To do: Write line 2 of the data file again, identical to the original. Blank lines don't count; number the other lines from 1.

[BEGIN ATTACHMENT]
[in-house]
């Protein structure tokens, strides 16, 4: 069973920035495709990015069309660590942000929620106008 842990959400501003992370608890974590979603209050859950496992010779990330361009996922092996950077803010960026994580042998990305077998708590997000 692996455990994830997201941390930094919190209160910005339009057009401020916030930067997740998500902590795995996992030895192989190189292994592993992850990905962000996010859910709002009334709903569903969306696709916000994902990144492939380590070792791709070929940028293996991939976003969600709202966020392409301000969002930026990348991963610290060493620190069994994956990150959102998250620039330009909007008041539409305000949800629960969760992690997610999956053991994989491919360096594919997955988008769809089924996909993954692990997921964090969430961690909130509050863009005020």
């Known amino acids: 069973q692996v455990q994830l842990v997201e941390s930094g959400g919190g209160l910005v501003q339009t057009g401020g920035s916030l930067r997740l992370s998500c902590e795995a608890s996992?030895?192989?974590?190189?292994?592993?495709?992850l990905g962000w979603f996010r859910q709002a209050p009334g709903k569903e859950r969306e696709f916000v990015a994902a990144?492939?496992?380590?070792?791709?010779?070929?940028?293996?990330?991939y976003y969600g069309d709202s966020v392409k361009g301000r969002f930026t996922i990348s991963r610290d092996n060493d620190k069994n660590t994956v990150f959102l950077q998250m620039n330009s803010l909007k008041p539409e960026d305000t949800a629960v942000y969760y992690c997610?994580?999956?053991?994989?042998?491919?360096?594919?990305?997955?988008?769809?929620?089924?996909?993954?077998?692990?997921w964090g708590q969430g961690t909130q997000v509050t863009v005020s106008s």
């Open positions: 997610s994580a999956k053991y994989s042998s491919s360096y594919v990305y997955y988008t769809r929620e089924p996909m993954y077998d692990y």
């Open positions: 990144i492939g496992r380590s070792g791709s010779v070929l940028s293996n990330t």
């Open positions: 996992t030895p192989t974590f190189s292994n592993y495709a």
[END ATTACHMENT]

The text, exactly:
């Protein structure tokens, strides 16, 4: 069973920035495709990015069309660590942000929620106008 842990959400501003992370608890974590979603209050859950496992010779990330361009996922092996950077803010960026994580042998990305077998708590997000 692996455990994830997201941390930094919190209160910005339009057009401020916030930067997740998500902590795995996992030895192989190189292994592993992850990905962000996010859910709002009334709903569903969306696709916000994902990144492939380590070792791709070929940028293996991939976003969600709202966020392409301000969002930026990348991963610290060493620190069994994956990150959102998250620039330009909007008041539409305000949800629960969760992690997610999956053991994989491919360096594919997955988008769809089924996909993954692990997921964090969430961690909130509050863009005020």